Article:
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HEALTH INSURANCE

Do foreign students in Switzerland need to get a Swiss health insurance policy?

With the academic year starting at Switzerland's universities in September, many students from abroad may not know what the rules are about Swiss health insurance.

Do foreign students in Switzerland need to get a Swiss health insurance policy?
Depending on where they come from, foreign students might have to buy healthcare insurance. Photo: Pixabay

Once you have been accepted to a Swiss university, having already had to obtain and provide a myriad of various documents, there is still one important step: health insurance.

Everyone in Switzerland is required to have a basic healthcare coverage (KVG / LaMal) — whether you are a permanent resident or a foreign student. The difference is whether you have to take out a Swiss policy or can continue to use the one you have from your own country.

According to the Federal Office of Public Health (FOPH), “students from an EU/EFTA country are not required to take out Swiss health insurance, provided that they are not working and remain insured under the social security system of their country of residence. They are entitled to receive medical treatment in Switzerland upon presentation of the European Health Insurance Card (EHIC)”. 

Students from EU / EFTA who have private insurance can apply for exemption if their cover is equivalent to that offered by EHIC.

However, if you are from outside Europe, that is from a third nation like the UK or the United States, you have two options, according to FOPH: if you a have private insurance offering coverage equivalent to that of a Swiss health insurer, you can be exempted from buying a policy here for three years; this period can then be extended for another three years if your own insurance is still in place. Afterwards, and provided you are still in Switzerland, you will have to purchase a Swiss insurance.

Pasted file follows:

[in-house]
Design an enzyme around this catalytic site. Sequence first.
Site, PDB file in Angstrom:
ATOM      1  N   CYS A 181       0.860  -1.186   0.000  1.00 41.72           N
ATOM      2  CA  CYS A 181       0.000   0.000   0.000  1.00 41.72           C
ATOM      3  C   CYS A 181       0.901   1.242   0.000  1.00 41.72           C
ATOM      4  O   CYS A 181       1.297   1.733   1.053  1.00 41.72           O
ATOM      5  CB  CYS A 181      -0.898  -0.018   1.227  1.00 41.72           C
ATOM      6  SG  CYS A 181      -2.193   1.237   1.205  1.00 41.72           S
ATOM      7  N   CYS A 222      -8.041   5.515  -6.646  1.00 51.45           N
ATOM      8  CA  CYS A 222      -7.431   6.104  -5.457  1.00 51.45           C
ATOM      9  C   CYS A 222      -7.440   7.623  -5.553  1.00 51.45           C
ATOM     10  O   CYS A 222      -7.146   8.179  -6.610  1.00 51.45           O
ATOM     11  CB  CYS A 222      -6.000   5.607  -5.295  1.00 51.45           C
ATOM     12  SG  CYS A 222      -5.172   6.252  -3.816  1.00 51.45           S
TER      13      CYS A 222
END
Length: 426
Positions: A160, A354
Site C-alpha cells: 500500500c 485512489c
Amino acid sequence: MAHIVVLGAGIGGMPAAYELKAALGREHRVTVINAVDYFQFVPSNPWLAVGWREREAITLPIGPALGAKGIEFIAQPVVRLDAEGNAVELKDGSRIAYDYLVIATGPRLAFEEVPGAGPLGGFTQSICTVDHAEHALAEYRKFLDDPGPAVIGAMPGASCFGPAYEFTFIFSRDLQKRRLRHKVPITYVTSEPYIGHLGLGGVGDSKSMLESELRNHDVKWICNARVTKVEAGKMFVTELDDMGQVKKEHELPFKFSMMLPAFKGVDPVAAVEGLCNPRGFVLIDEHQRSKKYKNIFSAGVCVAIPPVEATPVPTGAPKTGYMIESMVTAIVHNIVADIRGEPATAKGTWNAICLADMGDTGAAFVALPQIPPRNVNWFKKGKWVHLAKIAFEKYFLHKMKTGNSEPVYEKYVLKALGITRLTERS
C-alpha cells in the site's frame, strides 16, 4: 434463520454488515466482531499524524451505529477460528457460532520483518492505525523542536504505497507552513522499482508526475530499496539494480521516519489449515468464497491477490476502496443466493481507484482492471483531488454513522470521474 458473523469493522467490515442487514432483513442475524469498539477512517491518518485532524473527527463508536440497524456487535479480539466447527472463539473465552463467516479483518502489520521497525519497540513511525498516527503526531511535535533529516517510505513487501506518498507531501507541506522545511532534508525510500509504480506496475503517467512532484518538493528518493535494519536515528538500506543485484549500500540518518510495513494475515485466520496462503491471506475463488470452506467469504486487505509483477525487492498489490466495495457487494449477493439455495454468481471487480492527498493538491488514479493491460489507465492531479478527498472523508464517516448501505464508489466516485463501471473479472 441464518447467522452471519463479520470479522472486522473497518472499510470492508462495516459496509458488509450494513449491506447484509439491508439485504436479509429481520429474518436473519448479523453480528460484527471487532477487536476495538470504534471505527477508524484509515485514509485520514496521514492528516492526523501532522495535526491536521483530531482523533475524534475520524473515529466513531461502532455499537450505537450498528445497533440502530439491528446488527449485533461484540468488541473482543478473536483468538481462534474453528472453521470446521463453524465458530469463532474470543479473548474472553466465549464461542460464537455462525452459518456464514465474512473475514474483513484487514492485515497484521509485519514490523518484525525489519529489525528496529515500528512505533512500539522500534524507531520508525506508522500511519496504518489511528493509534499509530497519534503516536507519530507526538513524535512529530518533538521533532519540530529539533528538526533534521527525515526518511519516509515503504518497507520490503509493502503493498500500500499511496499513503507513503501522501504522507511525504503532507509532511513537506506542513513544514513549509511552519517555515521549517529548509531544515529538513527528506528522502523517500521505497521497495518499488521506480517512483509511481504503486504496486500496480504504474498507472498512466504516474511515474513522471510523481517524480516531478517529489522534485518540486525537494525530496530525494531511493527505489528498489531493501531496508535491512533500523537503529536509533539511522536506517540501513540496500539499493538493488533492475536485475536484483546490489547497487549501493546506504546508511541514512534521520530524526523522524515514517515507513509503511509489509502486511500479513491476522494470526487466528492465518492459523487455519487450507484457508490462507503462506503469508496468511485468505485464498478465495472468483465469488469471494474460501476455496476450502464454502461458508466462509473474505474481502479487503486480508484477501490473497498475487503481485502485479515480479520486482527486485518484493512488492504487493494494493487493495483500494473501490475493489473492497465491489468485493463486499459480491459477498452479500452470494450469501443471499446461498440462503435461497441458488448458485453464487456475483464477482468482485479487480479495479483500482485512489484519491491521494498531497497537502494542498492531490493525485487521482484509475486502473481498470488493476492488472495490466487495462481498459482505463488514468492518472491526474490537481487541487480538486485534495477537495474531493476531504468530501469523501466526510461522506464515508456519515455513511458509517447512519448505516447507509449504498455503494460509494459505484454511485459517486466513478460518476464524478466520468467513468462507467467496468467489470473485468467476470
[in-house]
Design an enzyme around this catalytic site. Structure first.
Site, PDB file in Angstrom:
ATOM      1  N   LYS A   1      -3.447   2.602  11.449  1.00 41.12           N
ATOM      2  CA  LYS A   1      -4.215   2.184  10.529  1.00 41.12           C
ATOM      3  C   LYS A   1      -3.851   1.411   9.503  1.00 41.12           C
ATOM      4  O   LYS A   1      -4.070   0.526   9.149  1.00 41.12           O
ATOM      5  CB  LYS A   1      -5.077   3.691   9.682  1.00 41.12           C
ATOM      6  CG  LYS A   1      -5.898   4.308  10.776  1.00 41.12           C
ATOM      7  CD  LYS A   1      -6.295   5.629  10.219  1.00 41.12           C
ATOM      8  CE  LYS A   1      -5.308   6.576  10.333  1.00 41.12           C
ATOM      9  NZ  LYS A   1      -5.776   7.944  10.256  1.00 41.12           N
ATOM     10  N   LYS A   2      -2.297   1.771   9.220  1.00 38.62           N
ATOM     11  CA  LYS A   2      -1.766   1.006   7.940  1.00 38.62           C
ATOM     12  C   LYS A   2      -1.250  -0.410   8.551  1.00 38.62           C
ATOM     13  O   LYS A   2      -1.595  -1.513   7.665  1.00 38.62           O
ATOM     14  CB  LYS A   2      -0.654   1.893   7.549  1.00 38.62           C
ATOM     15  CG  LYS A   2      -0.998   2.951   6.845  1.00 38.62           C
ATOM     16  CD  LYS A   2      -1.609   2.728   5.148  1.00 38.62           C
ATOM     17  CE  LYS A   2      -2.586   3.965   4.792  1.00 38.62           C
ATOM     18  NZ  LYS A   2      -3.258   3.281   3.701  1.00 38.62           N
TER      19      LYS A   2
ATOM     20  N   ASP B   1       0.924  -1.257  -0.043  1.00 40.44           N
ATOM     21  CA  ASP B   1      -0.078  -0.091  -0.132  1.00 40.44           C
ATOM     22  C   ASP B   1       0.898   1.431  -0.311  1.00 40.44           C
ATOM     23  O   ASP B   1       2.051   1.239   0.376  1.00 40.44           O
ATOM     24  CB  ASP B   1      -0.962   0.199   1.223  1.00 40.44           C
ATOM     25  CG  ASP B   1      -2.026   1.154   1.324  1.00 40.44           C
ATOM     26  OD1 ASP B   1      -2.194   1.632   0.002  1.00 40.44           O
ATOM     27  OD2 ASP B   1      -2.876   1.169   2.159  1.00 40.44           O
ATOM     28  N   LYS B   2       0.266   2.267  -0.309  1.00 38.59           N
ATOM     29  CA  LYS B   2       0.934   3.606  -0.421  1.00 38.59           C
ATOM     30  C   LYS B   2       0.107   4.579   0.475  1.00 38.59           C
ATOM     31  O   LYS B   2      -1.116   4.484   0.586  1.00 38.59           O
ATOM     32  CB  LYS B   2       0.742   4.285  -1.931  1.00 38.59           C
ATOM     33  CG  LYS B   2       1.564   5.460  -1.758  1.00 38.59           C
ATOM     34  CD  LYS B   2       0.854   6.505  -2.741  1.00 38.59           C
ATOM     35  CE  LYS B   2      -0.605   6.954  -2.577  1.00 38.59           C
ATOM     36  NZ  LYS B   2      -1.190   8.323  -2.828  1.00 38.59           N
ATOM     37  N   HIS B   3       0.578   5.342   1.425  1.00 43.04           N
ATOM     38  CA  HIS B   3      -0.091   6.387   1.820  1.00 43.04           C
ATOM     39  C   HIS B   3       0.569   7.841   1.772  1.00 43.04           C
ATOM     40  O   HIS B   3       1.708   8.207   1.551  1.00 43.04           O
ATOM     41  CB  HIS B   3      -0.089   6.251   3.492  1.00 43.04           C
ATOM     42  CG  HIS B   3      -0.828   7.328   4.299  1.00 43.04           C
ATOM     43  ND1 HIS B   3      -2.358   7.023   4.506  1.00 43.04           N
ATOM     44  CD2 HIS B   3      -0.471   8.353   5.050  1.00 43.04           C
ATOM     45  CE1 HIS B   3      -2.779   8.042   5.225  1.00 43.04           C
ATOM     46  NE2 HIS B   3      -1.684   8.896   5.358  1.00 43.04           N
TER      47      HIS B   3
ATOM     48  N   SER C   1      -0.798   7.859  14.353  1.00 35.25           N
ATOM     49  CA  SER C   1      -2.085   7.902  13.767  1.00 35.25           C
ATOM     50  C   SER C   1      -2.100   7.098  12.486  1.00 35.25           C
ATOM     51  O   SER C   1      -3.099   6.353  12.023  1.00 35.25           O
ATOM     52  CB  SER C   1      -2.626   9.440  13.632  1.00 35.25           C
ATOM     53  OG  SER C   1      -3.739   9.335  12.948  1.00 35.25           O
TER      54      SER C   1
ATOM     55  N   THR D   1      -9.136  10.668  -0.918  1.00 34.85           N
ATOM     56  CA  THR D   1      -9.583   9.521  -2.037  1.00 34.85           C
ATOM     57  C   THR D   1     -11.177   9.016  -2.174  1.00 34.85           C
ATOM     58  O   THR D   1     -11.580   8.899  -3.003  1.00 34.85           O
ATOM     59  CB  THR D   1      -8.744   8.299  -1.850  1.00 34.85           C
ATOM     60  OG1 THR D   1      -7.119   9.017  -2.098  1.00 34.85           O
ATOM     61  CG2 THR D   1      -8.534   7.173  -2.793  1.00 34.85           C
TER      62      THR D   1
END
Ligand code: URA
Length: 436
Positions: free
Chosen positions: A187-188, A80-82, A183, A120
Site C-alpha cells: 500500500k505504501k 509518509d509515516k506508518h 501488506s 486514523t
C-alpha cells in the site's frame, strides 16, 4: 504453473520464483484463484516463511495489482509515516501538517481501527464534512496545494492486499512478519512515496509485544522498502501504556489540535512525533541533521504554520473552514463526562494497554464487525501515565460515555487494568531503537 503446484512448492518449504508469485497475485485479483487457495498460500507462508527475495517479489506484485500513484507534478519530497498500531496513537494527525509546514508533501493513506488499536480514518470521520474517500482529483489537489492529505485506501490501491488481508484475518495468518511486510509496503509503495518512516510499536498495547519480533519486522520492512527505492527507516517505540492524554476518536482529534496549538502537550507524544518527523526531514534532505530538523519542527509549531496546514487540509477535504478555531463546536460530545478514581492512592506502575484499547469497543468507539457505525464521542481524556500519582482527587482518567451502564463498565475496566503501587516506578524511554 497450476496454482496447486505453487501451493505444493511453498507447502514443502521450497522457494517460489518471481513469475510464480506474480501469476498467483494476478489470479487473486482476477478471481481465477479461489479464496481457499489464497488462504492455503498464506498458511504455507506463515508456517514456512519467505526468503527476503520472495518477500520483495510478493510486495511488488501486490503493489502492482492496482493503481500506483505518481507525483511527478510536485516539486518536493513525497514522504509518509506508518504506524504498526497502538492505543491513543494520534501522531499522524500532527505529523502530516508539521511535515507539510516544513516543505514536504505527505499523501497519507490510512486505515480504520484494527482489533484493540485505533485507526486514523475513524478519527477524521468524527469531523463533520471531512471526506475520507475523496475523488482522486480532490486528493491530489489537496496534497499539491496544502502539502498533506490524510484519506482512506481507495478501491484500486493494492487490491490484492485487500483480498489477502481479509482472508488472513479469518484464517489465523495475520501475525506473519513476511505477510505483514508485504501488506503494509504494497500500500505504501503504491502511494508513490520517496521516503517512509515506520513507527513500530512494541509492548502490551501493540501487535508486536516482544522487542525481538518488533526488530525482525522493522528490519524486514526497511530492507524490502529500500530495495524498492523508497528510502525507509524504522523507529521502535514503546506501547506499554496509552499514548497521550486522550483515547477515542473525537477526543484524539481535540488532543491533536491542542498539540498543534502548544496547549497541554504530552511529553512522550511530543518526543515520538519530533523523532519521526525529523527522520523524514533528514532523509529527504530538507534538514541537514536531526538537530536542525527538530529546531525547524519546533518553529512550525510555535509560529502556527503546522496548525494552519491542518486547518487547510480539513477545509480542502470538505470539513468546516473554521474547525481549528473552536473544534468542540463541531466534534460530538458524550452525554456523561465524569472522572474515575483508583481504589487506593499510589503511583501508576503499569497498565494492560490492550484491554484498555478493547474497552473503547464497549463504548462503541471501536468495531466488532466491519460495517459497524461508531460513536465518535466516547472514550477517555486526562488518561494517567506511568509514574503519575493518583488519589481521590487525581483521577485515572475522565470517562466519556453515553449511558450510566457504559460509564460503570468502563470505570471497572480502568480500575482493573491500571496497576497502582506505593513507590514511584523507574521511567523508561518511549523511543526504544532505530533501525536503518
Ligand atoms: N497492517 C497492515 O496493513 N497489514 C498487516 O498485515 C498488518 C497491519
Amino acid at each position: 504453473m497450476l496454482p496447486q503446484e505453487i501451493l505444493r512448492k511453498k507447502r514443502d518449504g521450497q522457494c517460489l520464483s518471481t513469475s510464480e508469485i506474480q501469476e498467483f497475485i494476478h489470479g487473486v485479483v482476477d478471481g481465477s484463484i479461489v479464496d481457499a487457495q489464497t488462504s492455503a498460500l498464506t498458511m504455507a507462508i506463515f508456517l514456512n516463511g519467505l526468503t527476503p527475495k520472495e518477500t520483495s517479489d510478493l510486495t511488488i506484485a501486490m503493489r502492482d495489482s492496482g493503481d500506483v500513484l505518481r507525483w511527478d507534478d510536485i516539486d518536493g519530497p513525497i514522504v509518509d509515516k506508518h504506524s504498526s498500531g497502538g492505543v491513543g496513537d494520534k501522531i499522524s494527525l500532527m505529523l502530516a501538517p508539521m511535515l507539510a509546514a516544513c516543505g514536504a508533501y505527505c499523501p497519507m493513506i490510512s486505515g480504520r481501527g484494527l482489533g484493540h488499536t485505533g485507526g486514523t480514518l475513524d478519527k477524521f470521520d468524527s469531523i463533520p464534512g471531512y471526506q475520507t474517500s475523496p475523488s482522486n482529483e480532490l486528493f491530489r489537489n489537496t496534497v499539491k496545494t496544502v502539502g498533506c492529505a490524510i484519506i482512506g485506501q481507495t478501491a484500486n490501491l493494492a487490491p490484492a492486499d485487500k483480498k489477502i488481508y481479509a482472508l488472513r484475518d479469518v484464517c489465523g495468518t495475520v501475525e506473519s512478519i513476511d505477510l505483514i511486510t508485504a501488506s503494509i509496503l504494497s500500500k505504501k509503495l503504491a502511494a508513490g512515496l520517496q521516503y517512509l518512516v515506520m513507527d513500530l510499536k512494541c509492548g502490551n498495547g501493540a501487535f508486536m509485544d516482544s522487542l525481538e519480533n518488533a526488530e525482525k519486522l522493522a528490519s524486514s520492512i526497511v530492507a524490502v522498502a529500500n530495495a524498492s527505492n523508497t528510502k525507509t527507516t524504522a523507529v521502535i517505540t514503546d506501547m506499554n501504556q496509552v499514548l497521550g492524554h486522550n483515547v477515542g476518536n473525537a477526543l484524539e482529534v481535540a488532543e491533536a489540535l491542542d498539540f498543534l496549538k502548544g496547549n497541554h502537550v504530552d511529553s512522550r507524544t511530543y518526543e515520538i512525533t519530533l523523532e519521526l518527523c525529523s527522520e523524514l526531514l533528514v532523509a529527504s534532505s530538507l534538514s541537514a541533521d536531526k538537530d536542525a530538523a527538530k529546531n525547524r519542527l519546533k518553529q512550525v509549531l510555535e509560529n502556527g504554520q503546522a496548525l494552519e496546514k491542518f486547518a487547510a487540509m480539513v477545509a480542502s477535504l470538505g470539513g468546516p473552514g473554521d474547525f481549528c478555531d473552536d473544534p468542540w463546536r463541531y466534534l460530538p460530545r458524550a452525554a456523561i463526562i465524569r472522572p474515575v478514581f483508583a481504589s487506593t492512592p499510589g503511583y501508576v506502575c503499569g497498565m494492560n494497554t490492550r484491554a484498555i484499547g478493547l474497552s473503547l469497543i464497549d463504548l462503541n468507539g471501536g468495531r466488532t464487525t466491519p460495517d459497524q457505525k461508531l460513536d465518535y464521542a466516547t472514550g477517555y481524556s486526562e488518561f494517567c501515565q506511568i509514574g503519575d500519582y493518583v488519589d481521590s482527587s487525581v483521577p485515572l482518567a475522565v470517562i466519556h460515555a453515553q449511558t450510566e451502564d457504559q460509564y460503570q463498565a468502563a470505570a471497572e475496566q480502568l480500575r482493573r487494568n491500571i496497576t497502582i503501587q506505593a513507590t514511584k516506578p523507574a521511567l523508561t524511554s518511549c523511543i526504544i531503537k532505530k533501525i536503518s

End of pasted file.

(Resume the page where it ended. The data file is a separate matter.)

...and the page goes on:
READ MORE: EXPLAINED: How can foreigners get into a Swiss university?

How do you go about purchasing a Swiss health insurance?

Like any new arrival in Switzerland — student or a ‘regular’ foreigner’ — you must take out insurance within three months of your arrival.

If you think you don’t have to do this as you never get sick or visit a doctor, then you are wrong — everyone in Switzerland must be insured.

And if you believe that you can stay under the radar and authorities won’t even know you have no policy, then this too is wrong.

The Swiss are very well organised when it comes to administrative matters, and sooner or later (probably sooner) they will find you and send you a gentle reminder of your duty to be insured. If you still refuse to comply, they will buy a policy for you and (not so gently) send you a bill.

As a foreign student and basically a guest in Switzerland, you don’t want that to happen. This is true not only from the legal point of view, but the medical one as well: if you get ill, you will receive only emergency treatment but will not be eligible for follow-up treatments without an insurance.

Which company should you choose?

There are dozens of carriers in Switzerland, providing more or less the same basic coverage (they are not allowed to compete on obligatory insurance rates; only on supplemental policies).

A recent report by RTS public broadcaster also mentioned that some smaller carriers like Advisor, Evasane, Scorestudies, Swica and Swisscare, offer cheaper than standard premiums, which could be attractive to foreign students.  

However, before you purchase one of these plans consider that while their rates may be lower, varying between 60 and 140 francs per month (as opposed to between 250 and 400, depending on your age, canton, and co-pay deductible), they also have stricter reimbursement conditions, RTS reported.

This means that you may have to pay more out of pocket for medications and other costs than under more mainstream policies.

There are, however, ways to purchase a cheaper insurance. They are outlined here:

How to save money by changing your Swiss health policy

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For members

HEALTH INSURANCE